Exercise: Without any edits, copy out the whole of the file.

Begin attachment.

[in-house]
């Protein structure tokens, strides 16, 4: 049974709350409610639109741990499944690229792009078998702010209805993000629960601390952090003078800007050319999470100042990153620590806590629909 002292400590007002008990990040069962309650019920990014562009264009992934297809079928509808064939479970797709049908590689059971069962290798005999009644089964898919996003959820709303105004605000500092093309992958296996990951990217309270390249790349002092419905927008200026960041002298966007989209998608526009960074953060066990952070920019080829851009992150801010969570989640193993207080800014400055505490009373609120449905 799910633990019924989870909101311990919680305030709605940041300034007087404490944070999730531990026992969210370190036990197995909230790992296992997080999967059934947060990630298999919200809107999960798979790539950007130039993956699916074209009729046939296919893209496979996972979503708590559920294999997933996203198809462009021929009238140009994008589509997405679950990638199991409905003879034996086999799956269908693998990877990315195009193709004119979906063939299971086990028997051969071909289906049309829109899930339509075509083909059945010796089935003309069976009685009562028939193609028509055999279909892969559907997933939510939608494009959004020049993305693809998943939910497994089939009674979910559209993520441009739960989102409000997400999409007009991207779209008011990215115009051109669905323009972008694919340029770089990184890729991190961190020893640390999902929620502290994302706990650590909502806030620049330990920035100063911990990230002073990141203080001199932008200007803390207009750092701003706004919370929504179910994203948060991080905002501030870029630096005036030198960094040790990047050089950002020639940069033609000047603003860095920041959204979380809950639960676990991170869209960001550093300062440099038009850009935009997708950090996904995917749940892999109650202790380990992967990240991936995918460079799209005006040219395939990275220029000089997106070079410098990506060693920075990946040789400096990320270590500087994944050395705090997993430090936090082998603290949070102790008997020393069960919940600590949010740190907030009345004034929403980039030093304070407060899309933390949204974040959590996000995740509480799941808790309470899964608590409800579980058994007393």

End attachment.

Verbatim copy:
[in-house]
């Protein structure tokens, strides 16, 4: 049974709350409610639109741990499944690229792009078998702010209805993000629960601390952090003078800007050319999470100042990153620590806590629909 002292400590007002008990990040069962309650019920990014562009264009992934297809079928509808064939479970797709049908590689059971069962290798005999009644089964898919996003959820709303105004605000500092093309992958296996990951990217309270390249790349002092419905927008200026960041002298966007989209998608526009960074953060066990952070920019080829851009992150801010969570989640193993207080800014400055505490009373609120449905 799910633990019924989870909101311990919680305030709605940041300034007087404490944070999730531990026992969210370190036990197995909230790992296992997080999967059934947060990630298999919200809107999960798979790539950007130039993956699916074209009729046939296919893209496979996972979503708590559920294999997933996203198809462009021929009238140009994008589509997405679950990638199991409905003879034996086999799956269908693998990877990315195009193709004119979906063939299971086990028997051969071909289906049309829109899930339509075509083909059945010796089935003309069976009685009562028939193609028509055999279909892969559907997933939510939608494009959004020049993305693809998943939910497994089939009674979910559209993520441009739960989102409000997400999409007009991207779209008011990215115009051109669905323009972008694919340029770089990184890729991190961190020893640390999902929620502290994302706990650590909502806030620049330990920035100063911990990230002073990141203080001199932008200007803390207009750092701003706004919370929504179910994203948060991080905002501030870029630096005036030198960094040790990047050089950002020639940069033609000047603003860095920041959204979380809950639960676990991170869209960001550093300062440099038009850009935009997708950090996904995917749940892999109650202790380990992967990240991936995918460079799209005006040219395939990275220029000089997106070079410098990506060693920075990946040789400096990320270590500087994944050395705090997993430090936090082998603290949070102790008997020393069960919940600590949010740190907030009345004034929403980039030093304070407060899309933390949204974040959590996000995740509480799941808790309470899964608590409800579980058994007393």